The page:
At the same time, we have dedicated community teams assigned around the world to help us listen to what the players might be struggling with or some elements that players are frustrated about. They would either talk to the players, have their communication or take the feedback and deliver it to the development team. We also have marketing and PR teams who are dedicated to promoting Final Fantasy 14, trying to spread the word about how we are evolving, how this is such an interesting game. And so there's so many different teams that we're connected to to allow for us to grow. And there's just so many people involved in the whole process.
Even within the community, we have such a passionate player community as well. And that's a really big element as well. Those community members will bring in additional players and there are more and more people coming through that way. So, I mean, if I were to ask for even more, I'm worried that I might be asking too much.
Question: Is there a particular aspect of shadow bringers that you are most excited for players to experience?
Yoshida-san: I think I would especially have to be the Main Scenario Questline. Since the release of A Realm Reborn, we've been playing through Final Fantasy XIV. It's been six years in that world and the adventures within Final Fantasy XIV. And so with Shadowbringers, we will take the narrative of the adventure so far and you will start to see things connecting with each other, certain mysteries becoming told and revealed, some secrets that may come to light.
We believe that it will be very exciting for our players. We are going to be delving into the core of the story of Final Fantasy XIV. And it's an element that the development team had put in a lot of emphasis and efforts into. As you're playing, you might even feel that, "Oh, no, it's Final Fantasy XIV going to end with this storyline?" So it's got that sense of thrill. So we hope that players will get to experience that.
Question: With moving from the source to the first, did you feel you, "Yes! We can change everything," or, "Oh no! We have to change everything."
Yoshida-San: So actually, it's quite curious because you may have heard the explanation before, but the realm of Final Fantasy XIV had split into 14 different shards, including the source. And so there was a lot of story. This was the story that we really needed to sort of depict in the lore of Final Fantasy XIV as a whole. And we've been making lots of preparations for a very long time. And we are now finally at that phase where we can start talking about the splitting of the world into 14 different shards. And so it's actually neither of those sentiments more like yes, we are finally here at this point. And I believe that once you do play, the story of Shadowbringers, you will come to understand why we say that.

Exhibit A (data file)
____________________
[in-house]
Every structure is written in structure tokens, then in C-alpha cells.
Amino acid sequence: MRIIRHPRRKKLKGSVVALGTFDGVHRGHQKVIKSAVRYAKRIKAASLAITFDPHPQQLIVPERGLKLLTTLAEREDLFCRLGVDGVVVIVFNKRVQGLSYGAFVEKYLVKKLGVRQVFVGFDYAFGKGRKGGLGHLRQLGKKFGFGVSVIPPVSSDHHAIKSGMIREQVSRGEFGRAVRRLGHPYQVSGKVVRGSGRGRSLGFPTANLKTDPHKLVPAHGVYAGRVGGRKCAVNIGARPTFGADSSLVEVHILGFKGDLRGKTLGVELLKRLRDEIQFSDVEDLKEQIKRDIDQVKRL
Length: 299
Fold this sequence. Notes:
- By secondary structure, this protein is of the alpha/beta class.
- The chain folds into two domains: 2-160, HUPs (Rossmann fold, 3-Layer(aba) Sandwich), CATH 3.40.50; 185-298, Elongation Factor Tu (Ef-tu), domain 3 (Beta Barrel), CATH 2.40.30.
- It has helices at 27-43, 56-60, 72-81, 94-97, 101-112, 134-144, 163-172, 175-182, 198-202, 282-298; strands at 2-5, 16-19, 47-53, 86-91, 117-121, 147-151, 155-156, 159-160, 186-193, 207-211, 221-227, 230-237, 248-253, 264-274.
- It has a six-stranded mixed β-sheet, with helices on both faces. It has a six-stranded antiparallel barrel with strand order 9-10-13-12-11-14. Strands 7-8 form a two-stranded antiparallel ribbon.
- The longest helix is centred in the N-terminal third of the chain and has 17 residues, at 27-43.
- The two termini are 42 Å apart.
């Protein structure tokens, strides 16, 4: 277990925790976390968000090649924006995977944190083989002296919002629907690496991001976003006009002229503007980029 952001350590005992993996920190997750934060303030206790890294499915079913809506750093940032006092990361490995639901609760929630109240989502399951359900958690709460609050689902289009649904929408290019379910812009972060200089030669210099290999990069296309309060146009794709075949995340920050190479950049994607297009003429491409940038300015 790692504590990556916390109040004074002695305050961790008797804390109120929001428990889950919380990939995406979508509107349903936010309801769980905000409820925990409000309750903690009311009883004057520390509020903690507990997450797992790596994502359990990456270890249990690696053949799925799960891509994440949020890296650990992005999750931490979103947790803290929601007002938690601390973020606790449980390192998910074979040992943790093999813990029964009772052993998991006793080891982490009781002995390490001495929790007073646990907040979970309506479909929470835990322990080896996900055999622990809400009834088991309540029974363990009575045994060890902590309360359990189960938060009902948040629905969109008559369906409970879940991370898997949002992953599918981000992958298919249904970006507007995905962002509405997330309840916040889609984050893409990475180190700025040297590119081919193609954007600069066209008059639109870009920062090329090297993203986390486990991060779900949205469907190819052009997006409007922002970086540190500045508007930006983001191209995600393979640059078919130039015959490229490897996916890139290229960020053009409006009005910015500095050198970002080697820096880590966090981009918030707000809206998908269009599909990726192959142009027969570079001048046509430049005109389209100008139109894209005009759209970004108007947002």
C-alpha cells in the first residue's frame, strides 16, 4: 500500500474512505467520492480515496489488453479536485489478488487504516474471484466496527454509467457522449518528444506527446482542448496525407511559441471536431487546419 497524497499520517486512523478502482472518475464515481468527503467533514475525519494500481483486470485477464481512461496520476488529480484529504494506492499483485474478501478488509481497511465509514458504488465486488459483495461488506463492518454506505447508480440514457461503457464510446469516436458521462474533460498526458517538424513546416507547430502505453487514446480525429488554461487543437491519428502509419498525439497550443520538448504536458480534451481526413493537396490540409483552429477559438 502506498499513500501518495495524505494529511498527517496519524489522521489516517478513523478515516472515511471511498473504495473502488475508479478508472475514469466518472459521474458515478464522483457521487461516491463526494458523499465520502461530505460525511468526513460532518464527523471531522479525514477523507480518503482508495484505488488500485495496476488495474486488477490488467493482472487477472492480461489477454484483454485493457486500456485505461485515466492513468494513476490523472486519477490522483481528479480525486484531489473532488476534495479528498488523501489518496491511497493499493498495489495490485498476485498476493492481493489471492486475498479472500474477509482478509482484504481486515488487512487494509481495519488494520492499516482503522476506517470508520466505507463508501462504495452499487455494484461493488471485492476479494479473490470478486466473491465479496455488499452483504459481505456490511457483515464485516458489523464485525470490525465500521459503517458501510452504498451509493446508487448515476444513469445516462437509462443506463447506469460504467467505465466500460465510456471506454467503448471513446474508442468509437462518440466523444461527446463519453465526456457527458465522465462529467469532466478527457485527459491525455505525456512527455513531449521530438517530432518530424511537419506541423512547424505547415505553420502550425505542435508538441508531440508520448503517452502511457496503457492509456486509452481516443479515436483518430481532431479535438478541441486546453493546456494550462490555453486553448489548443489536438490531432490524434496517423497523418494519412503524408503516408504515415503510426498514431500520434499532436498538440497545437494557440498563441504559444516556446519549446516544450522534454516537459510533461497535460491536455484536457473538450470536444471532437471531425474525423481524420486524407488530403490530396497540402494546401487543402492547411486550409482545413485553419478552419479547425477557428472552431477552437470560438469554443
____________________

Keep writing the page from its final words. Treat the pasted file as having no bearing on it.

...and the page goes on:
Question: Being on the first and in effectively being a different location, has it given you opportunity to maybe escalate potential dangers and the ramifications of what happens while we're there?
Yoshida-San: So, I think also in Shadowbringers, you will be faced with questions such as, why are we fighting? There's so many different people within this realm, within this world, and everybody has their own set of values. And each of them have their own belief of what is correct and what is right. And we feel that the story is going to be that in which there's a lot of different thoughts and ideals that may clash against each other. As a game, we are headed towards a particular conclusion that the creators, we as the developers have designated, but we think it's also important that players are sort of sensing things, feeling things, thinking about things through the story that we present to you.
And so, we're hoping that through this narrative, we get people to wonder about “what is my motivation? What is my purpose of even playing Final Fantasy XIV?” I understand it is merely a video game, but we hope that it sort of sparks that sort of question in your mind.
Question: There have been multiple large scale and also small scale crossovers and Final Fantasy 14. We've seen like Monster Hunter, we've seen Dragon Quest and the upcoming YoRHA: Dark Apocalypse. But is there any franchise that would be your dream?
Yoshida-san: World of Warcraft and Diablo. The reason why is because I’m such a big fan boy, if I had the opportunity to collaborate, I mean, I would ... I’m more than happy to maybe put something on pause in order to squeeze that. And if Blizzard ever approaches me [Yoshida] to give me the opportunity to develop Diablo IV, I would love the opportunity, leave Square Enix and go [jokes]. I'm so sorry.
But joking aside, I [Yoshida] have been a very big fan of what Blizzard does. The first game that I played from their library is the first Diablo. And I learned so much about game design as well as garnered a lot of knowledge about games through what I had experienced. So I mean, if there ever was an opportunity, I’d love to jump on.